SINGAPORE: A disciplinary tribunal has found lawyer Lee Suet Fern guilty of grossly improper professional conduct in the preparation and execution of the late Mr Lee Kuan Yew’s final will.
The tribunal said in a report released last week that Mrs Lee, who has 37 years’ experience and is Mr Lee’s daughter-in-law, created a draft will for Mr Lee, which became his seventh and final will. She is married to Mr Lee’s youngest son, Hsien Yang.
The tribunal found that with her husband, Mrs Lee made founding prime minister Mr Lee sign the will “urgently” without the presence or involvement of his usual lawyer, Ms Kwa Kim Li. His first to sixth wills were prepared by Ms Kwa, a partner in the law firm Lee & Lee.
READ: Lee Kuan Yew knew what he wanted in will, Lee Suet Fern not acting as his lawyer: Defence in legal misconduct case
Mrs Lee’s conduct was in direct contravention of rules governing solicitors that expressly prohibits a lawyer from preparing a will when a family member of the lawyer is going to get a significant gift under the will, according to the tribunal’s report, which was seen by CNA.
She also misled her father-in-law on the terms of the last will that he was going to sign in 2013. His final will included a clause on the demolition of his house at 38 Oxley Road, which was included in previous wills, but removed subsequently.
The house was at the heart of a public spat among the Lee siblings in 2017. The demolition clause was in early versions of the will but was subsequently removed.
“The facts expose an unsavoury tale,” the tribunal said, adding that Mrs Lee and her husband on Dec 16, 2013, persuaded the late Mr Lee, who was then aged 90 and in poor health, to sign a new will without his usual lawyer to advise him.
Charges of professional misconduct against Mrs Lee were brought by The Law Society of Singapore (LawSoc) after the Attorney-General's Chambers (AGC) made a complaint. On Feb 13 last year, Chief Justice Sundaresh Menon appointed the disciplinary tribunal to hear and investigate the matter.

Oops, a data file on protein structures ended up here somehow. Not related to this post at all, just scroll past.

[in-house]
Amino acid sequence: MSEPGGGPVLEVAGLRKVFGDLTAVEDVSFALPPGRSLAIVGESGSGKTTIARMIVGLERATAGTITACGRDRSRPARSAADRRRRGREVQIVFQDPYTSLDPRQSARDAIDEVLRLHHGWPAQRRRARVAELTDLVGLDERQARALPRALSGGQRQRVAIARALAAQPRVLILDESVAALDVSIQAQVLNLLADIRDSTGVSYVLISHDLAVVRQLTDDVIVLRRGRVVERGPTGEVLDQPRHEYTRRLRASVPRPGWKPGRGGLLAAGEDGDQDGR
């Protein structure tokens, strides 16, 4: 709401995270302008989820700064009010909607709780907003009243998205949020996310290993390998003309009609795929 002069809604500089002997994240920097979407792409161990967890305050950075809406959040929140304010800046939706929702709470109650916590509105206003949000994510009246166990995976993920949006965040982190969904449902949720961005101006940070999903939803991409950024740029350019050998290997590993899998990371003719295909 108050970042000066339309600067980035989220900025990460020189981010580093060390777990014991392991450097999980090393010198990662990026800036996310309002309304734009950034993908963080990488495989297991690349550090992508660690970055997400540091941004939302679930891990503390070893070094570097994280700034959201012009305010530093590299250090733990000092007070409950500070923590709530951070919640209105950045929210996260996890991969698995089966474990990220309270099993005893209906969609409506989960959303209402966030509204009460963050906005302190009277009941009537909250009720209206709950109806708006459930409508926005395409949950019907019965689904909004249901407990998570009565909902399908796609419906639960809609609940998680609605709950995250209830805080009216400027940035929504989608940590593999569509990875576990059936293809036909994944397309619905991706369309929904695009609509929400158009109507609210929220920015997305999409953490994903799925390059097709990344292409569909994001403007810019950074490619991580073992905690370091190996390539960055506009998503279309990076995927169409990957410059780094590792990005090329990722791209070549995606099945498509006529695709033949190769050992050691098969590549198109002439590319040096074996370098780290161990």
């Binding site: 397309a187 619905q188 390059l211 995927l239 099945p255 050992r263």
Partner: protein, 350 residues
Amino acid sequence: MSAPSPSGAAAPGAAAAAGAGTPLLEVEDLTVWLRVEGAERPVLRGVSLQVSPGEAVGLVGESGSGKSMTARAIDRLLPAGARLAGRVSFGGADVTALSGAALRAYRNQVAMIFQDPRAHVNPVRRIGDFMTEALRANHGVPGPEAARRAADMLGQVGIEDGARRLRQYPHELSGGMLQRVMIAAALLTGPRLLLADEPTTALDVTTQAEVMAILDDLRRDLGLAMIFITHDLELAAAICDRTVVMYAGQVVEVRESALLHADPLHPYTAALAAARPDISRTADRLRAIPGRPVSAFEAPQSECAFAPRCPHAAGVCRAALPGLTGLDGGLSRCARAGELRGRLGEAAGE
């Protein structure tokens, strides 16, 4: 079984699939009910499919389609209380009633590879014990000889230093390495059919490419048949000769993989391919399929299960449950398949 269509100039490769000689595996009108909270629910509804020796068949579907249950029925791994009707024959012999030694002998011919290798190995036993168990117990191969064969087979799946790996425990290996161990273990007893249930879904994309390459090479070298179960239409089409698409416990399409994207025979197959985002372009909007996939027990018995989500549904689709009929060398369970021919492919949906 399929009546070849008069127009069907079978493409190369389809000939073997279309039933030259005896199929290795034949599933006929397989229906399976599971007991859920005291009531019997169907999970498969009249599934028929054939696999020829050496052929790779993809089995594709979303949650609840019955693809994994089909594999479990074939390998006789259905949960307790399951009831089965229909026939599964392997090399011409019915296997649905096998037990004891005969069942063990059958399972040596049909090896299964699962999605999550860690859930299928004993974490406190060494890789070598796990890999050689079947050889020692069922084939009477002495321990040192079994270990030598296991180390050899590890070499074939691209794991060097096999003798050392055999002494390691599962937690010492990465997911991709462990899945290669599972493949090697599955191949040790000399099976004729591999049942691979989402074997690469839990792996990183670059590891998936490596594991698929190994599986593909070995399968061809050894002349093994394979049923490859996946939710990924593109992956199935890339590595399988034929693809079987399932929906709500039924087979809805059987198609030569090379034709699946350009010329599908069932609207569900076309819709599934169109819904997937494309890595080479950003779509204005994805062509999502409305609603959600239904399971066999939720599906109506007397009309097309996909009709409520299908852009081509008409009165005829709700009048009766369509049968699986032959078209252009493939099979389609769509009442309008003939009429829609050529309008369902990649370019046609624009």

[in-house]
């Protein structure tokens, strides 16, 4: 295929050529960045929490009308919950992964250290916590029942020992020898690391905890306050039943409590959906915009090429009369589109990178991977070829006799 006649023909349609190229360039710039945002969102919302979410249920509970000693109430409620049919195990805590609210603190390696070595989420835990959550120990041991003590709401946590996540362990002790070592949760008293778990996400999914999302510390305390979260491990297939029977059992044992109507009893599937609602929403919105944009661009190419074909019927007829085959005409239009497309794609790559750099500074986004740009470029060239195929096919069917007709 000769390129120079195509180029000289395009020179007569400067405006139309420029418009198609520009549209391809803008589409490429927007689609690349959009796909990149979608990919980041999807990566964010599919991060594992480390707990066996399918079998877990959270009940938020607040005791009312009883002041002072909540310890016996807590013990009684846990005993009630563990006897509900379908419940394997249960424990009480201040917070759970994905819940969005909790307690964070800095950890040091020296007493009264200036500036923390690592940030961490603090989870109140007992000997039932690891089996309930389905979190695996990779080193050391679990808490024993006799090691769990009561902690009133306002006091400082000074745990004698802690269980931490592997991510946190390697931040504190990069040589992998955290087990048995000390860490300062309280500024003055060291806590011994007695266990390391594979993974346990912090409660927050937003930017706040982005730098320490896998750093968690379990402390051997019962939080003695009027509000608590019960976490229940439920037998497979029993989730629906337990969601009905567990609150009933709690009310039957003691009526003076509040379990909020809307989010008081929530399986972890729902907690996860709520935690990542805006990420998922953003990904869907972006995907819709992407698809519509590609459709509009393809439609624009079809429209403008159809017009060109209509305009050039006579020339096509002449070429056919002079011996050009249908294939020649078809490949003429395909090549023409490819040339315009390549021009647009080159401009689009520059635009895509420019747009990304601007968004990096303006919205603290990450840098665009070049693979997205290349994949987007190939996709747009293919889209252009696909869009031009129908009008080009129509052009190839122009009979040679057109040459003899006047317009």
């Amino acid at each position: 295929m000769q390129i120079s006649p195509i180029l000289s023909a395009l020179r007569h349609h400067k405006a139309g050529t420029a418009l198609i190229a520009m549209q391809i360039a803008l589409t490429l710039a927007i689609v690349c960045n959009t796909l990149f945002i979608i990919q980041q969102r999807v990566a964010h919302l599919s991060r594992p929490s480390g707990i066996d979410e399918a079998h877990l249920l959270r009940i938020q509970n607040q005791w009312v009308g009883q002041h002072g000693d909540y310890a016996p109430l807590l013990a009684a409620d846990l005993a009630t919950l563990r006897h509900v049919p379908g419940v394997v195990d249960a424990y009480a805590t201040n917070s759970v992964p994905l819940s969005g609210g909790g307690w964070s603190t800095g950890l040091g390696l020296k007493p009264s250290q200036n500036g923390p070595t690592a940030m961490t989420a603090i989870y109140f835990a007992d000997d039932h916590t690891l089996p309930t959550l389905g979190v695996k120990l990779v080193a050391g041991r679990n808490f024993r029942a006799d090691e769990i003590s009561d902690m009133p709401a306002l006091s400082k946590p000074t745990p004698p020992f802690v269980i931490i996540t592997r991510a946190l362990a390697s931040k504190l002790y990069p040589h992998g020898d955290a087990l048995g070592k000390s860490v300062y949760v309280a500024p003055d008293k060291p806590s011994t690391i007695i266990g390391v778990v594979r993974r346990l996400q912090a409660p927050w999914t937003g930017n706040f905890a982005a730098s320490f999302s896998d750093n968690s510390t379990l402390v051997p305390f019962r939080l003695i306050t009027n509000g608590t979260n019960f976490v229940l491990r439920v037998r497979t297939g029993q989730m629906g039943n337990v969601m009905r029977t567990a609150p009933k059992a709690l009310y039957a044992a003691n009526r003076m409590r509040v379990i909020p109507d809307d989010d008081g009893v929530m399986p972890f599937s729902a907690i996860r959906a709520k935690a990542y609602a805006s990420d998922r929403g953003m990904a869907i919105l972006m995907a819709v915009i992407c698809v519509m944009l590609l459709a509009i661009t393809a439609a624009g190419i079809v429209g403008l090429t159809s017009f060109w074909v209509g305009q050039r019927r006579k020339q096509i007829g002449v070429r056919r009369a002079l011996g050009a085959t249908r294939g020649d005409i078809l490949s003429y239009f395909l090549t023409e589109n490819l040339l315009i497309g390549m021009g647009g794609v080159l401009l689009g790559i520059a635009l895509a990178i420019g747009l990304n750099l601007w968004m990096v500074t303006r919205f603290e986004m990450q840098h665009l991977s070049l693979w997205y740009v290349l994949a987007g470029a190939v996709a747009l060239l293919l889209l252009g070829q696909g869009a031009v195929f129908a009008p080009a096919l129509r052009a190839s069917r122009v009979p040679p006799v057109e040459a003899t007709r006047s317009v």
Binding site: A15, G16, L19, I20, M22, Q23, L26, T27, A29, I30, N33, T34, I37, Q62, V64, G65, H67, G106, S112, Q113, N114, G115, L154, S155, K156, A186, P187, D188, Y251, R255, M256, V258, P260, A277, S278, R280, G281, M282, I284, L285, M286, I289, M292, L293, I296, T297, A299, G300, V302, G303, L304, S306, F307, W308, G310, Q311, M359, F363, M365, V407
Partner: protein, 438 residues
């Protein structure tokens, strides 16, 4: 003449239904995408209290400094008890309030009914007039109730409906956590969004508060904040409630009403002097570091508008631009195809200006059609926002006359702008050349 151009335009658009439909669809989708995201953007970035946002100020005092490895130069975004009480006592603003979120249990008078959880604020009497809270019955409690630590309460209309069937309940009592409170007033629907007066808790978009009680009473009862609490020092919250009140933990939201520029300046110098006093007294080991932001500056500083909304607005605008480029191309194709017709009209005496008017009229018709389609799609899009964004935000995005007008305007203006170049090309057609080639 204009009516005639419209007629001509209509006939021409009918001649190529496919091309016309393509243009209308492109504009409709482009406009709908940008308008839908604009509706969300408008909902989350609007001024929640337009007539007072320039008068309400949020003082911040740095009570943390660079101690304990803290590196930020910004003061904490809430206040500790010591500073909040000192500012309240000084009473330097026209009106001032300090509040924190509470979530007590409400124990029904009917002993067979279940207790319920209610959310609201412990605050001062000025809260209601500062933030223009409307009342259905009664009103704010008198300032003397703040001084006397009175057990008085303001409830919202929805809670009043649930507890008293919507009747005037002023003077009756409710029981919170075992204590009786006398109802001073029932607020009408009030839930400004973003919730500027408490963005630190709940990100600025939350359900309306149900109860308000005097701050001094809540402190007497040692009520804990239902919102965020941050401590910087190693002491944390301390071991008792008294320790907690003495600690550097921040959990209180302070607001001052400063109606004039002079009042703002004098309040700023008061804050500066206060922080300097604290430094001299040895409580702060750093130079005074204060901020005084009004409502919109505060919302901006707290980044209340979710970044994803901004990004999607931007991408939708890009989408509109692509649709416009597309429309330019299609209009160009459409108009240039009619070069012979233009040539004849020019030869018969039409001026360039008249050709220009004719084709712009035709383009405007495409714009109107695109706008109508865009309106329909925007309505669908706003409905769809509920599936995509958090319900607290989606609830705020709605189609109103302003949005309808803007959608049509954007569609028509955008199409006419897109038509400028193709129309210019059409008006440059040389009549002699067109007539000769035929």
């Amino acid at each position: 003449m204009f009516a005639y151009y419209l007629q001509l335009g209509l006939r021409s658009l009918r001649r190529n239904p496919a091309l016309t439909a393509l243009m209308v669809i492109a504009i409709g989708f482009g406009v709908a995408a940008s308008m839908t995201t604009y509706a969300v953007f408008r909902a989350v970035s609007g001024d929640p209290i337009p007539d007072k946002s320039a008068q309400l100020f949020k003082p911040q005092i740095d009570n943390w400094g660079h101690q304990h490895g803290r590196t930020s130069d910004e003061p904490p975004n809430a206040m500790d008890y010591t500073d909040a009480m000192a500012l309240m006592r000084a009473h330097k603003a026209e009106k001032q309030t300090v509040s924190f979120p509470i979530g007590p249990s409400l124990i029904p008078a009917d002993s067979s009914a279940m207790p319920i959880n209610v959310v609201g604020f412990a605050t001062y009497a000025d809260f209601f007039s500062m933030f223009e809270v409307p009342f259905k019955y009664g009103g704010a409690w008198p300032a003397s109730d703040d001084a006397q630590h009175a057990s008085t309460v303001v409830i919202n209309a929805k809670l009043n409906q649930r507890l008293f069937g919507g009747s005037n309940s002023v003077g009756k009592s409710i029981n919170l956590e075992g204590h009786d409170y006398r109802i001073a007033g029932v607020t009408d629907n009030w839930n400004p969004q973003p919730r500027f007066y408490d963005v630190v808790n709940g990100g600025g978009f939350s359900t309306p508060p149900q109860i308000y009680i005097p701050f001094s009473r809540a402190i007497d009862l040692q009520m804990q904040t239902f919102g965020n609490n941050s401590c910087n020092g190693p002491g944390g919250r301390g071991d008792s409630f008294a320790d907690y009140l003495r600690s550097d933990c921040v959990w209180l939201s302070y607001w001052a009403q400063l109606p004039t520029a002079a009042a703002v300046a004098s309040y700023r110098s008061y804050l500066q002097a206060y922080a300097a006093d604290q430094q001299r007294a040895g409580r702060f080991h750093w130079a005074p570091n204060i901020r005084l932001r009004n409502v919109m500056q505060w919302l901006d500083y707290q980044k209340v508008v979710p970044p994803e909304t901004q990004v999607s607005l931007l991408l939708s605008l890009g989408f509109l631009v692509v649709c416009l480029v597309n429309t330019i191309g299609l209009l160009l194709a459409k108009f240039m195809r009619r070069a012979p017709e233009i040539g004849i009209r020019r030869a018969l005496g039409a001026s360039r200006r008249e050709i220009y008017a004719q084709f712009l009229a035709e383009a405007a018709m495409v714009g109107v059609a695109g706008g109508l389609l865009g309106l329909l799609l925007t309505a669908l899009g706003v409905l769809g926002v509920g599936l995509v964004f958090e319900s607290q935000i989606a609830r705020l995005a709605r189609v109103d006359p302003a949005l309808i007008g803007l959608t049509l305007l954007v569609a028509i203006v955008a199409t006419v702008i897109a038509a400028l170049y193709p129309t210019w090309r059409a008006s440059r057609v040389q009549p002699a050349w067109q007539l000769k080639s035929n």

Her actions were of sufficient gravity that the matter will be referred to the Court of Three Judges, the highest disciplinary body to deal with lawyers' misconduct.
If found guilty, Mrs Lee could face a fine, suspension or be disbarred.
In her defence, Mrs Lee's legal team argued that she was not acting as a lawyer in the preparation of the final will, and Mr Lee knew what he wanted, which was to revert to a previous will distributing equal shares of his estate to his children.
Mrs Lee’s lawyers also asserted in written submissions that the LawSoc had not proven its charges against her.
THE BREACH OF PROFESSIONAL DUTIES
The disciplinary tribunal found that Mrs Lee did not alert and advise Mr Lee on the differences between the draft last will she gave him and his sixth will.
For instance, Mr Lee was not advised that the draft will "inserted a Demolition Clause (which was not in the Penultimate Will), even though three days earlier, Mr Lee was not going to have such a clause".
The rules require that Mrs Lee should have taken Mr Lee through the terms of the draft will. However, after some initial advice, she did not speak with Mr Lee again, the tribunal said.
“Instead, she focused on getting the last will executed quickly, with undue haste,” the tribunal said. She should have also known to advise Mr Lee to get independent legal advice, it added.
The tribunal called Mrs Lee a "deceitful witness, who tailored her evidence to portray herself as an innocent victim who had been maligned", describing this as a facade.
"Before us, she lied or became evasive whenever she thought it was to her benefit to lie or evade."
Her husband’s conduct was "equally deceitful", it said.
"He tried to hide how he and his wife had misled his own father, Mr Lee, on the last will. He had no qualms about making up evidence as he went along. We found him to be cynical about telling the truth."
During proceedings, Mrs Lee and her husband tried to “explain away” their conduct, the contemporaneous documentary evidence and their previous statements, according to the report.
“Their explanations ranged from the improbable, to the patently contrived, to the downright dishonest,” it said.
Among the evidence from the couple the tribunal found to be untrue was that Mrs Lee did not draft the final will, and that Mr Lee had no reason to consider Mrs Lee as his lawyer.
Mr Lee had specifically asked twice who drafted his will, and was told both times that it was Mrs Lee.
The tribunal said that Mrs Lee said that Ms Kwa had drafted the last will.
“In essence, an elaborate edifice of lies was presented, both on oath and through their public and other statements,” the tribunal found.